Whenever we work on a UX project, we always think of pleasing the end user. But it often happens that the users aren’t the ones paying for the project. And the users’ desires and the check writers’ desires often don’t coincide, and sometimes even conflict. So: how do we please the user, while loosening the purse strings held by the check writer? You would think that calculations for user productivity would carry the day, but often that isn’t the case. There’s a whole lot more emotion tied up in it than you think. I call this the “third-party problem”.
One company has solved this problem brilliantly: American Girl Doll, launched in 1986 by Pleasant Thiele Rowland, now owned by Mattel. An 18-inch plastic doll, which couldn’t cost more than a buck to manufacture, sells for $100 because of the marketing stories woven around it. And the customers flock to it.
Parents, stretched by mortgage payments and orthodontist bills, won’t cough up that kind of money. Mattel solves this third party problem by marketing the dolls to grandparents, who will pay almost anything to please their grandkids. My parents gave my girls Nelly (Irish immigrant) and Samantha (wealthy family employing Nelly), at ages 6 and 8. My girls loved them for about 5 years, then as they approached teen age, gave them away to younger friends.
My parents loved to see my daughters play with their dolls. They especially enjoyed taking them to the American Girl café, where the people tables also contain doll tables, and the girls can get their dolls’ hair done in the salon. And the accessories! The $85 foosball table is cheap compared to the $150 bowling alley or the $215 radio-controlled car. (The tie-dye T-shirt set only costs $25. If only it came with a Grateful Dead CD. But that’s so 20th century. Sigh.)
More than just the fun, the dolls tap into the grandparents’ dreams for their girls. They think the dolls encourage the granddaughters to learn about American history, and to emulate strong female characters like Addy, who with her mother escaped slavery and ran north to freedom on the Underground Railroad. If I live long enough to have a granddaughter, you can bet your ass I’ll be giving her Luciana the astronaut, $48 flight suit and all. Though I may have to draw the line at the $785 space habitat.
You see? They’ve managed to snag even a cynical bastard like me, for a granddaughter I don’t even have. I haven’t yet figured out how to generalize this solution to the third party problem, and it may be a non-emulatable unicorn. But think very carefully about the relationship between the check-writers and the users when designing your project.
I slammed today’s Skype a couple of months ago, arguing that Microsoft fails to understand its utilitarian role in its users’ lives, burdening it with counterproductive bumpf while ignoring important aspects of its most basic functionality. Lately I’ve been forced to use it for conference calls, and I find its animated emoticons extremely annoying. For example, when I select a new person for a contact, Skype displays an emoticon inviting me to “Say hi with a wave” (Figure 1). The static display below does not convey the annoyance of that inane creature blinking its eyes, waving its hands, and moving its mouth – constantly, forever, as long as you have it on the screen. (I won’t inflict that on you, dear reader. You’re welcome.) It’s like a five-year-old rushing home from kindergarten waving a finger painting – “Mommy, look what I did! Can I have a cookie?” Your mother might care, because you did it and she loves you, and then again she might not, but I guarantee no one else does (except maybe your grandparents, who might reward you with more American Girl Doll accessories, see Dropping 1 above).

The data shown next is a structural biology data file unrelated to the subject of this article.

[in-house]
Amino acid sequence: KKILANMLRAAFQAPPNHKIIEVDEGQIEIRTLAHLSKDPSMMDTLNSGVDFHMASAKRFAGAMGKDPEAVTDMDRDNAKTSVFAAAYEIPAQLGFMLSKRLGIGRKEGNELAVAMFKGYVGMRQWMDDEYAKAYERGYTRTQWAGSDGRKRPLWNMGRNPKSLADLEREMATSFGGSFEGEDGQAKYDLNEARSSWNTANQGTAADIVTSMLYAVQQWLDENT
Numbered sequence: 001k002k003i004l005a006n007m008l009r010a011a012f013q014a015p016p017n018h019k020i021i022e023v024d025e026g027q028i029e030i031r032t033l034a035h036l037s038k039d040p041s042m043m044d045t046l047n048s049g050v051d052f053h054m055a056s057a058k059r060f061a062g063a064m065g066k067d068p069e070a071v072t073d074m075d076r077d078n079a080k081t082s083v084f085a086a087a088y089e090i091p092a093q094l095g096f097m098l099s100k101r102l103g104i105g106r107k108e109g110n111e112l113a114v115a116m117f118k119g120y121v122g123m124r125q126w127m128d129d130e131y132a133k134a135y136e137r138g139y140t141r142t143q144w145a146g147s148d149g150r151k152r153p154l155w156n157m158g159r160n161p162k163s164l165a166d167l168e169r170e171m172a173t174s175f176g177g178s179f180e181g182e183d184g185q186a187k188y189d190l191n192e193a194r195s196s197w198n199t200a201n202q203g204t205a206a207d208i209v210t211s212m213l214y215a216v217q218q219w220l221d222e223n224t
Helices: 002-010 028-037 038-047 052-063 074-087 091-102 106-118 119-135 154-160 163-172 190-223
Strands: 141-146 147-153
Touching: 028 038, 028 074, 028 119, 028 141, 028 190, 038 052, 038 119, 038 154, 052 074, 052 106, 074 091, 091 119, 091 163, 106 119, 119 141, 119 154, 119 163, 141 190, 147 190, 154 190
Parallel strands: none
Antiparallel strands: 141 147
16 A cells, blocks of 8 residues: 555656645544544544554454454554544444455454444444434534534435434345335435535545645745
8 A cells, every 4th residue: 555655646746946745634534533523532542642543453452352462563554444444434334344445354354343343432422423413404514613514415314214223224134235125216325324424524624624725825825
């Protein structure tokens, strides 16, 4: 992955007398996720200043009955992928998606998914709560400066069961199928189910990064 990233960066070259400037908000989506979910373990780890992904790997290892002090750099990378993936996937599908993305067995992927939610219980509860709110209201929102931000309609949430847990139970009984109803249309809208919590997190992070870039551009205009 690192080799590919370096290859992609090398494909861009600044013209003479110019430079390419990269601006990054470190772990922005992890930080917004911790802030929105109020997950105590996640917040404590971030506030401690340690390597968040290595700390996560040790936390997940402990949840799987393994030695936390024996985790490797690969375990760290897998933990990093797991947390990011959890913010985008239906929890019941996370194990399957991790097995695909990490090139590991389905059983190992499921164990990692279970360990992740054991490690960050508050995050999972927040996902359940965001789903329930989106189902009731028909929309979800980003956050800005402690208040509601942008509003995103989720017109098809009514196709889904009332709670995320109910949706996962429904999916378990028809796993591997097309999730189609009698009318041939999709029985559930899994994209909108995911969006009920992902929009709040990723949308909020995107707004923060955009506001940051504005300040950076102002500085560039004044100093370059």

Emoticon from Skype
This static view does not do justice to the annoying animation
And when I’m on a Skype call, a throbbing heart in the lower right of my screen demands my attention, offering more emoticons for me to add to the conversation. In 2020? Seriously? It’s not just annoying, it’s potentially dangerous. Sending a throbbing heart to the wrong person at the wrong time could get me fired.
Motion attracts a user’s attention. It’s used to signal conditions that require immediate action. Violating this convention is crying “Wolf!”, lowering the signal-to-noise ratio of the universe. Whoever is in charge of Skype needs to re-read Donald Norman’s superb book The Invisible Computer.
Has Microsoft forgotten Clippy? At least you could turn off that vile, Gollum-like creature, but these chirpy things you can’t. Since Microsoft insists upon emoticons, I will say that their prevalence in Skype makes me feel like this: . And to its authors, particularly whoever decided it was non-removable, I say
Naïve software designer: “I just looove emoticons! So of course all my users must love them too!”
As always, Platt’s First, Last, and Only Law of UX Design: “Know Thy User, For He Is Not Thee,”
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